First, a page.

The 29-year-old right-hander posted a solid 3.42 ERA in 184 1/3 innings (33 starts) this past season for Texas and he pitched well in his one ALDS start.
Heyman reported a few weeks ago that the Diamondbacks are interested, and the Cubs, Blue Jays, and Dodgers were tied to him just ahead of the July 31 trade deadline.
David Price has expressed a desire to return to Toronto, where he finished out the 2015 season, but FOX Sports’ Ken Rosenthal writes Wednesday that the Blue Jays “are not expected to be a major factor in his free agency.”
The teams that should be considered serious suitors, per Rosenthal, are the Cubs, Cardinals, Giants, Dodgers, and Red Sox — all deep-pocketed teams looking to contend in 2016. Money is apparently the issue for the Blue Jays, who are currently owned by Rogers Communications.
Price registered an outstanding 2.45 ERA, 1.076 WHIP, and 225/47 K/BB ratio in 220 1/3 innings (32 starts) this past season between the Tigers and Jays, finishing second in the American League Cy Young Award race behind Dallas Keuchel of the Astros.
The 30-year-old left-hander is probably looking for a six- or seven-year contract worth more than $25 million per season. He is represented by agent Bo McKinnis.
Barry Jackson of the Miami Herald wrote three weeks ago that the Marlins were probably going to explore an extension this winter with second baseman Dee Gordon. And it sounds like those talks are underway.
Via beat writer Joe Frisaro of MLB.com:
As a guest on MLB Network’s “Hot Stove” show Wednesday morning, Gordon confirmed his camp has been in talks with the Marlins regarding a multiyear deal. A source told MLB.com that the discussions are preliminary and have just recently started.
“My agent is doing the talking,” Gordon said on the show. “They’re just keeping me in the loop. I think it’s going pretty well right now. We’ll see how that goes. I’m just playing the waiting game. We’re going to do the right thing.”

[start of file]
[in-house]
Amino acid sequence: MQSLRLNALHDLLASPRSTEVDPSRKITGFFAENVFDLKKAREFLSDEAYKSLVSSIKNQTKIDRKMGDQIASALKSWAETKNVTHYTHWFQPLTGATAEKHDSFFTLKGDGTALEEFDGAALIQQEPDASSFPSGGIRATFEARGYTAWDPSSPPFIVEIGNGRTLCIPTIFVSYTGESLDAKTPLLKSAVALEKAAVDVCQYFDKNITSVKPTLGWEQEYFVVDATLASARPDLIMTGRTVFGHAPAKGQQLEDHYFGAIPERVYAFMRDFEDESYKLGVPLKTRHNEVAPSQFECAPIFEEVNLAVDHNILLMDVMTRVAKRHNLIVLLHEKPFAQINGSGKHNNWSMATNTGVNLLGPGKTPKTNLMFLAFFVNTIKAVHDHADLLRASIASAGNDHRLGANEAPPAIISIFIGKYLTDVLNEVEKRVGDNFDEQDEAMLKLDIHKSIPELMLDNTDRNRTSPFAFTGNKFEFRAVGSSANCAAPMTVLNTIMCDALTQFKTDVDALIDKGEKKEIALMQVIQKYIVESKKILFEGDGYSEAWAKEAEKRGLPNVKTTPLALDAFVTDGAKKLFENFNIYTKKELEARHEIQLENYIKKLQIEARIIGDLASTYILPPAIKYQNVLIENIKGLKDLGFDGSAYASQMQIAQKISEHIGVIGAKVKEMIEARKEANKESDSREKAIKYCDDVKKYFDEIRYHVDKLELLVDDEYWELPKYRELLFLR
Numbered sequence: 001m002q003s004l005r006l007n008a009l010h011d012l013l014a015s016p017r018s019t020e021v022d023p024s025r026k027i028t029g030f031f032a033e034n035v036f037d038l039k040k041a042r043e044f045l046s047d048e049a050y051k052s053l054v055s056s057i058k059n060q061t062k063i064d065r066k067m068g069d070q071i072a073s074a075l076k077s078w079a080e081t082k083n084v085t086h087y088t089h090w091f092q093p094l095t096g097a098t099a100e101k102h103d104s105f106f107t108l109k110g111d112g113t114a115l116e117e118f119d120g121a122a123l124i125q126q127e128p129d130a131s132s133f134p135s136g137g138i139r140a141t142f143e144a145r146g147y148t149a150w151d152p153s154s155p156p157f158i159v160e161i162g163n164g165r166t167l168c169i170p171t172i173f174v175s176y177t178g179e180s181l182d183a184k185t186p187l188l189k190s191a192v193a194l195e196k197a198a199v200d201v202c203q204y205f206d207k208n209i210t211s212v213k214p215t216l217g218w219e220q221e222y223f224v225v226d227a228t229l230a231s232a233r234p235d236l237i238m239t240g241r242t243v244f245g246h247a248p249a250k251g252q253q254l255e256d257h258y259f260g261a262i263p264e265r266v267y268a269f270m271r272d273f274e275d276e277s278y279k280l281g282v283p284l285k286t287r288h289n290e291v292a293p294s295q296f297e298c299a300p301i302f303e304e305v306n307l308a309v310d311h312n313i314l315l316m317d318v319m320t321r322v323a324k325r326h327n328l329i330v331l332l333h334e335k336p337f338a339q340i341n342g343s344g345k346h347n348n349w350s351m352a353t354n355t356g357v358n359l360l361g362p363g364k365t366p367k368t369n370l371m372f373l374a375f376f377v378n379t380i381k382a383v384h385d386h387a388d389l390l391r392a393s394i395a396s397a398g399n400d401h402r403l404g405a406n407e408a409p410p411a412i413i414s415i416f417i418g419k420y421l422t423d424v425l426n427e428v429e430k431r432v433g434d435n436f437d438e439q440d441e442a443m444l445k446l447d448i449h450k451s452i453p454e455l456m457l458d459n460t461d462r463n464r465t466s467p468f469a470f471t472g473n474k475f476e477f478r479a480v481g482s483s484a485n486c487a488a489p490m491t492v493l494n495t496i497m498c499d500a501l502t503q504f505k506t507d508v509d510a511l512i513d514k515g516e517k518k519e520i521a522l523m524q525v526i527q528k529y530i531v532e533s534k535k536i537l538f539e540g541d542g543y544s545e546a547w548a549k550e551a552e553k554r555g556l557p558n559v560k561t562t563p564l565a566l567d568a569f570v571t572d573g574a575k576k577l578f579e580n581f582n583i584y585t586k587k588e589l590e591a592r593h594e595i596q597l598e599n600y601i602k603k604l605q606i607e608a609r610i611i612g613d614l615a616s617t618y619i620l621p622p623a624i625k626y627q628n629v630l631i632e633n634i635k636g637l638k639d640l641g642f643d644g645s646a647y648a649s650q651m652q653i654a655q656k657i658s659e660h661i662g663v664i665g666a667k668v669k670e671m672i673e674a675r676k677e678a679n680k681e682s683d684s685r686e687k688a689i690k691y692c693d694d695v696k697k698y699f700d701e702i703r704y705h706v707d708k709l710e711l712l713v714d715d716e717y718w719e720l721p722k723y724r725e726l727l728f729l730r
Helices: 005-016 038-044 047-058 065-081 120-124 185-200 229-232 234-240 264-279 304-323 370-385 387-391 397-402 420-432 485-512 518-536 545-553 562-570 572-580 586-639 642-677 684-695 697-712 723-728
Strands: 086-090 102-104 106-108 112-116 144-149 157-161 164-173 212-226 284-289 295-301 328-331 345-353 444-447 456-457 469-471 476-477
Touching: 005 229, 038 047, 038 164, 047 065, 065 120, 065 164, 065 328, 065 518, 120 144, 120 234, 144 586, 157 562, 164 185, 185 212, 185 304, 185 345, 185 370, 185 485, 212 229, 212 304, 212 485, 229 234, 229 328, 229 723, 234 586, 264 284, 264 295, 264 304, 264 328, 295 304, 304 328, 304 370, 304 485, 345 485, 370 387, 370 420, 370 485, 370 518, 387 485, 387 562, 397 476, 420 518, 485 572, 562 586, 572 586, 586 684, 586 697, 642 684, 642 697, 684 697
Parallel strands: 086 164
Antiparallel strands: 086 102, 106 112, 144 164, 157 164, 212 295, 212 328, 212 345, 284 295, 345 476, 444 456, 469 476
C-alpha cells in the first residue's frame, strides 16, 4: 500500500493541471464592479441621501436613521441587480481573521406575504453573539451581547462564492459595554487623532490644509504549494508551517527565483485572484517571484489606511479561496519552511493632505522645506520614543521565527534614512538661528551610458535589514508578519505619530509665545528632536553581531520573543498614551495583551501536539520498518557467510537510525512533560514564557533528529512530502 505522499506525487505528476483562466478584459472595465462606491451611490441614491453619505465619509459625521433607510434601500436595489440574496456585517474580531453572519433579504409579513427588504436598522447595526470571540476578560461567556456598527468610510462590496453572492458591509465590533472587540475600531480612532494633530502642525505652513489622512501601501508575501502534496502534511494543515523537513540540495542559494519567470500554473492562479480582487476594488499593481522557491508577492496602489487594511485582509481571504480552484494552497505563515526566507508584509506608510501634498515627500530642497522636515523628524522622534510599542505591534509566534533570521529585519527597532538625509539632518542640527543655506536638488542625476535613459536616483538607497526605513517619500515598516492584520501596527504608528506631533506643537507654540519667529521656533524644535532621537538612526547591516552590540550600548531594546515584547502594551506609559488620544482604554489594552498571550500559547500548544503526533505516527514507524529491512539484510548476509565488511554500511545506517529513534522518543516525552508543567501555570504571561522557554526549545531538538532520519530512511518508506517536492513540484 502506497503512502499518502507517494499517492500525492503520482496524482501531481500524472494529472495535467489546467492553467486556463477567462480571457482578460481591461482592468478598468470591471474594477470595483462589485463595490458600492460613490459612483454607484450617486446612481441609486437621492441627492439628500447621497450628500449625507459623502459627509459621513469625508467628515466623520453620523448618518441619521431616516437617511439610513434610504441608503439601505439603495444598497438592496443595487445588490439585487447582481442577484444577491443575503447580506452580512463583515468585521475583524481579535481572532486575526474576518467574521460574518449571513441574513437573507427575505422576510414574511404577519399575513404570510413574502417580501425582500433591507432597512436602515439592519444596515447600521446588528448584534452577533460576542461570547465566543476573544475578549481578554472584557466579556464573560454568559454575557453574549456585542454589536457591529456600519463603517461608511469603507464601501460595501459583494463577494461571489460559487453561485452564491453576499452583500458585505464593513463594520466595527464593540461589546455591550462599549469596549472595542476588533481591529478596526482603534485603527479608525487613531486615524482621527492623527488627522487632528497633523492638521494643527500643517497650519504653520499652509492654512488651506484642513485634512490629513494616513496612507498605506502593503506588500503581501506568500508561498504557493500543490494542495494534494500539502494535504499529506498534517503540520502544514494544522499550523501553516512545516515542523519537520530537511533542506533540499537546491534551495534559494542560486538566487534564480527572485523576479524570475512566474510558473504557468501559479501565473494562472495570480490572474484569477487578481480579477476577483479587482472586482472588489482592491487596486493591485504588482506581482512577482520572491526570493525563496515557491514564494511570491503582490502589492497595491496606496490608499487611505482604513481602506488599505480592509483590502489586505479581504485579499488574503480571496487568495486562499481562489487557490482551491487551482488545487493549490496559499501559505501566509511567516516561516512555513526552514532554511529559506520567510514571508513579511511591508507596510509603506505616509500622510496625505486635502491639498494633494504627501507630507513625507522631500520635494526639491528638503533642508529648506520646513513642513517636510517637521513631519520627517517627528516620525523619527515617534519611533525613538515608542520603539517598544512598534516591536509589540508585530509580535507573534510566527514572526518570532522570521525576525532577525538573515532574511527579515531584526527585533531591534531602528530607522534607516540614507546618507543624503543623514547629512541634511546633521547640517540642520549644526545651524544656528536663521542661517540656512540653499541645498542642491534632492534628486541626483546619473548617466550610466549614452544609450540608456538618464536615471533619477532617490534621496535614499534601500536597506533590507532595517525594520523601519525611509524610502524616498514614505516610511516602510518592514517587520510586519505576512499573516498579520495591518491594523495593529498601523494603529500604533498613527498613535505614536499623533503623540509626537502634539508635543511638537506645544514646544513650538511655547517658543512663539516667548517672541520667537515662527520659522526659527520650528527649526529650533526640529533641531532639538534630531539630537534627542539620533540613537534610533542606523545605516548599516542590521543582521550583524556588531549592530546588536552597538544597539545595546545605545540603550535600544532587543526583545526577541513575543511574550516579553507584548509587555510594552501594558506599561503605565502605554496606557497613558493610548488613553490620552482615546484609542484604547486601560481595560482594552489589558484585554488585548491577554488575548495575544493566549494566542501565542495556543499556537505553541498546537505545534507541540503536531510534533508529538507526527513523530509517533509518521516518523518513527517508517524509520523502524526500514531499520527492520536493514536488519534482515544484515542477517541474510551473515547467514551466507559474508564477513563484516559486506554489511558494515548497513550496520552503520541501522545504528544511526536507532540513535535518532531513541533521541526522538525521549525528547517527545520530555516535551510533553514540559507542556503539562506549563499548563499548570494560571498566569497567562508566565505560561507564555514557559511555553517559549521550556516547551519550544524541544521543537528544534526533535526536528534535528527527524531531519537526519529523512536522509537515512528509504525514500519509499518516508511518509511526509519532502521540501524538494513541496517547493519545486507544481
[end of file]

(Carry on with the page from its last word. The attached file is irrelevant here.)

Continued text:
The 27-year-old carries three more seasons of salary arbitration, so there’s no real rush to get something done before next spring. Gordon carries quite a bit of leverage after posting a career-best .333/.359/.418 slash line in 145 games this past season for the Fish. He led all major leaguers in hits (205) and stolen bases (58).
Bud Norris has found a home for his attempt at a bounceback season, signing a one-year deal with the Braves. Jon Heyman of CBSSports.com says it’s worth $2.5 million, which is a huge cut from his $8.8 million salary this year.
Norris had established himself as a solid mid-rotation starter from 2009-2014, but had a brutal 2015 season split between the Orioles and Padres with a 6.72 ERA in 83 innings and a late-season move to the bullpen.
In announcing the signing the Braves referred to Norris as a starting pitcher, so joining the rotation for a rebuilding team gives him a chance to get his career back on track with an eye on hitting the open market as a free agent again next offseason. And if he fares well, the Braves could use him to add a prospect or two at the trade deadline.